Journal of Food Science Education 09/2013; 12(4). DOI:10.1111/1541-4329.12014
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ABSTRACT: Treating intracellular pathogens remains a considerable medical challenge because of the inefficient intracellular delivery of antimicrobials and the frequent emergence of bacterial resistance to therapeutic agents deemed the drugs of last resort. We investigated the capability of antisense peptide nucleic acids (PNAs) conjugated to the (KFF)3K cell penetrating peptide to target RNA polymerase α subunit (rpoA) and RNA polymerase sigma 70 (rpoD) in the intracellular pathogen Listeria monocytogenes. The PNAs tested displayed a concentration dependent inhibition of L. monocytogenes growth in pure culture at the micromolar level and significantly reduced intracellular L. monocytogenes in infected cell culture and Caenorhabditis elegans whole animal model. In vitro, the combined PNAs treatment was synergistic resulting in a clearance of L. monocytogenes at 0.5× the individual PNA concentration. This study demonstrates the potential of anti-rpoA PNA as an antibacterial agent and will provide the basis for improving and developing these PNAs to better target intracellular pathogens like Listeria. This study also establishes C. elegans as a potential model for the screening of PNAs.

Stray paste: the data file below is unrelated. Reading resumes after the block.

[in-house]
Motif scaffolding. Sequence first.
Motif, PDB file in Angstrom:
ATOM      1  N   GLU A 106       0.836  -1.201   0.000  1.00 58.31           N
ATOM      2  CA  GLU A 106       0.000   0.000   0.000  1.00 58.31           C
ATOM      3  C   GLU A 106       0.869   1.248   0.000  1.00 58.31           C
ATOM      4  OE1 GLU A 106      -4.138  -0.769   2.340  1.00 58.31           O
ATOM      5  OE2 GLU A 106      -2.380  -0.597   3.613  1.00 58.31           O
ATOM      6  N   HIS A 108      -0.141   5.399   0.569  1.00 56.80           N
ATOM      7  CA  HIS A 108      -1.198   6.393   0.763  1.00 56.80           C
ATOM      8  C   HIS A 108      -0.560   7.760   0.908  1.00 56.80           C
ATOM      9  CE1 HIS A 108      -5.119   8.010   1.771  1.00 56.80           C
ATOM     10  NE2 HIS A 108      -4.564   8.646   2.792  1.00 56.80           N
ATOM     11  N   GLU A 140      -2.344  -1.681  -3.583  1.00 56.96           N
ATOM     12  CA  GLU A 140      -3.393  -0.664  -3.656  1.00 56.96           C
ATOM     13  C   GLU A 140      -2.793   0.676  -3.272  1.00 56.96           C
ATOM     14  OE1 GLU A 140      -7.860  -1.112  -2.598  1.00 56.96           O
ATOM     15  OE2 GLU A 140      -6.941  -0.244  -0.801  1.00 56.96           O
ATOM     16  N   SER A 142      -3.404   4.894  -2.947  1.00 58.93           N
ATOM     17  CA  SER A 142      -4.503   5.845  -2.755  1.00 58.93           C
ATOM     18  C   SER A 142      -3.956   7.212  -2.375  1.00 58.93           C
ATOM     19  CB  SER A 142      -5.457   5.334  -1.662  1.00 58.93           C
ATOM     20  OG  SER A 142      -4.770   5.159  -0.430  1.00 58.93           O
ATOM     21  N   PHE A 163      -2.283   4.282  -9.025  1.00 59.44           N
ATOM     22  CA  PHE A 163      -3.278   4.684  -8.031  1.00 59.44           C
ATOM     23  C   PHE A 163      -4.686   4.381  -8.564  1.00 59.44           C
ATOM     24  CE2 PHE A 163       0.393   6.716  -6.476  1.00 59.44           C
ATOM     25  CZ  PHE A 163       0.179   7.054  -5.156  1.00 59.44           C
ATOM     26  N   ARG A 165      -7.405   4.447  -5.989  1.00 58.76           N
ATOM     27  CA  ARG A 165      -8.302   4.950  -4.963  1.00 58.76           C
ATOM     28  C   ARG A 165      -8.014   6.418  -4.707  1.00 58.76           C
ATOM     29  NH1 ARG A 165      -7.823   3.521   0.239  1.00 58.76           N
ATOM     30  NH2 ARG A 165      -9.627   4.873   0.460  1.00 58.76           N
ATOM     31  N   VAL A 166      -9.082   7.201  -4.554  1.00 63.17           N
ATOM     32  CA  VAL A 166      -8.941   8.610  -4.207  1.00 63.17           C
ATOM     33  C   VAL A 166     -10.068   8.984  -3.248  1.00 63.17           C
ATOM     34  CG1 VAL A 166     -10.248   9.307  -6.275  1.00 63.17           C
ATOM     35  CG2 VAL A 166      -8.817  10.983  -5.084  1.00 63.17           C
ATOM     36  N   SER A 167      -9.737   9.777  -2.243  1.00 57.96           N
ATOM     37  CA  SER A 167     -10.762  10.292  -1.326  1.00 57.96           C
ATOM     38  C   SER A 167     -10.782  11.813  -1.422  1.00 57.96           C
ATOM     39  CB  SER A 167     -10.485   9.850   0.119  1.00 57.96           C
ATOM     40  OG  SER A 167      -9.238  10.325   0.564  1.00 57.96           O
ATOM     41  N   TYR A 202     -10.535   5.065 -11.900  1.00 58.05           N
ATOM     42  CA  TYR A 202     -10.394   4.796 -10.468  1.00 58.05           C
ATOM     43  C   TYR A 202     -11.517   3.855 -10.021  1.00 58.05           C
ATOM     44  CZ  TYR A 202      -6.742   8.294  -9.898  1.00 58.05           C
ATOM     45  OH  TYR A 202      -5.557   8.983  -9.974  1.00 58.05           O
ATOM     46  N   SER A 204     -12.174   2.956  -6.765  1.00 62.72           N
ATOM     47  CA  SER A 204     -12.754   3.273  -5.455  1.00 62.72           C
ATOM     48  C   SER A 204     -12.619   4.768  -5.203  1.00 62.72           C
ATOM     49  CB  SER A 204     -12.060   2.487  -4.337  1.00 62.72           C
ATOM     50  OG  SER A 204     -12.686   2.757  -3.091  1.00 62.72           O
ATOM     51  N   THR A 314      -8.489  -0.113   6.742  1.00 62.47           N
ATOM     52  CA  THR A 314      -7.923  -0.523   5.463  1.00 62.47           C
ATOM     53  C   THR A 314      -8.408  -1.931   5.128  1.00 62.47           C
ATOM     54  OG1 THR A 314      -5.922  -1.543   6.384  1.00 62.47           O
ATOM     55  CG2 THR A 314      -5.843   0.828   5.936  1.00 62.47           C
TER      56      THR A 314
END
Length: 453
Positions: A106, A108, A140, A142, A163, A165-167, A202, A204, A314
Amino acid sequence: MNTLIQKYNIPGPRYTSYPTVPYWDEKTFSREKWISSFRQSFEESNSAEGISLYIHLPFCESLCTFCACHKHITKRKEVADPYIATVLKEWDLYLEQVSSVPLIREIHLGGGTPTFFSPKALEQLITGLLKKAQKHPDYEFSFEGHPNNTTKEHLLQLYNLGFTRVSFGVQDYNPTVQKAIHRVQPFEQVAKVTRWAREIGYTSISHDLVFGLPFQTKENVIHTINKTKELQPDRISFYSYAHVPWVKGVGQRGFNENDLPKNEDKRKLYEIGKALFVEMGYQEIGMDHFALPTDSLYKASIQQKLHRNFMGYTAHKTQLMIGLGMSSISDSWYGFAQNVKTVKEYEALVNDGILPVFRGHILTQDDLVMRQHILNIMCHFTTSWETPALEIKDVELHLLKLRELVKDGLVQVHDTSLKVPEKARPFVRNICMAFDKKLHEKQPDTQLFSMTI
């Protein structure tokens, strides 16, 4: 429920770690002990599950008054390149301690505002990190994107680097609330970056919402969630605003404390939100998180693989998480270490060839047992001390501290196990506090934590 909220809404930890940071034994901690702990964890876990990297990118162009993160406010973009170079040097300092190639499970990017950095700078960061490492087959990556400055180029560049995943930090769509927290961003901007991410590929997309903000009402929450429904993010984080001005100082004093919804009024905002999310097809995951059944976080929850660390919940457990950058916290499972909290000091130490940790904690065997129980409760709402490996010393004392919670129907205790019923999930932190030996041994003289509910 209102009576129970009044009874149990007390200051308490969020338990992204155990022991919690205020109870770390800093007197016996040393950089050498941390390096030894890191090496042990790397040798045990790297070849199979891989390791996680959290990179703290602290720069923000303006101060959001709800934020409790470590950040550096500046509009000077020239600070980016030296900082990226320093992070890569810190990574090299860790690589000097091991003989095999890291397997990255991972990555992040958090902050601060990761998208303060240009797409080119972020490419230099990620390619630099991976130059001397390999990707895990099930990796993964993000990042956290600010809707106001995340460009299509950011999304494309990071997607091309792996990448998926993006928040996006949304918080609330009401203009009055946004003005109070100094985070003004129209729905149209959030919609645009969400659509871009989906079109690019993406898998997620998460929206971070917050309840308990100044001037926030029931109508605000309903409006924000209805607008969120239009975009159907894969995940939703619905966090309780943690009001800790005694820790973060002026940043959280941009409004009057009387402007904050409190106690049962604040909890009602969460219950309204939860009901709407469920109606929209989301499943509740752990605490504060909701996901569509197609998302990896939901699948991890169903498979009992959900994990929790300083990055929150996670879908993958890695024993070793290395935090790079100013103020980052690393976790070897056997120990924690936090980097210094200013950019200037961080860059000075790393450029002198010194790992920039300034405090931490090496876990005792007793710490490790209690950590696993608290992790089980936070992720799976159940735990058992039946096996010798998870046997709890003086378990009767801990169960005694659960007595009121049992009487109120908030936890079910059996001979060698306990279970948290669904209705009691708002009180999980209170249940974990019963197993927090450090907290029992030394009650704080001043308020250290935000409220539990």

07/2013; 23(5). DOI:10.1089/nat.2013.0426
Available from: Susan Arendt
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ABSTRACT: During 2009-2010, a total of 1,527 foodborne disease outbreaks were reported by the Centers for Disease Control and Prevention (CDC) (2013). However, in a 2011 CDC report, Scallan et al. estimated about 48 million people contract a foodborne illness annually in the United States. Public health officials are concerned with this under-reporting; thus, the purpose of this study was to identify why consumers and healthcare professionals don't report foodborne illness. Focus groups were conducted with 35 consumers who reported a previous experience with foodborne illness and with 16 healthcare professionals. Also, interviews with other healthcare professionals with responsibility of diagnosing foodborne illness were conducted. Not knowing who to contact, being too ill, being unsure of the cause, and believing reporting would not be beneficial were all identified by consumers as reasons for not reporting foodborne illness. Healthcare professionals that participated in the focus groups indicated the amount of time between patients' consumption of food and seeking treatment and lack of knowledge were barriers to diagnosing foodborne illness. Issues related to stool samples such as knowledge, access and cost were noted by both groups. Results suggest that barriers identified could be overcome with targeted education and improved access and information about the reporting process.
International Journal of Environmental Research and Public Health 08/2013; 10(8):3684-714. DOI:10.3390/ijerph10083684 · 2.06 Impact Factor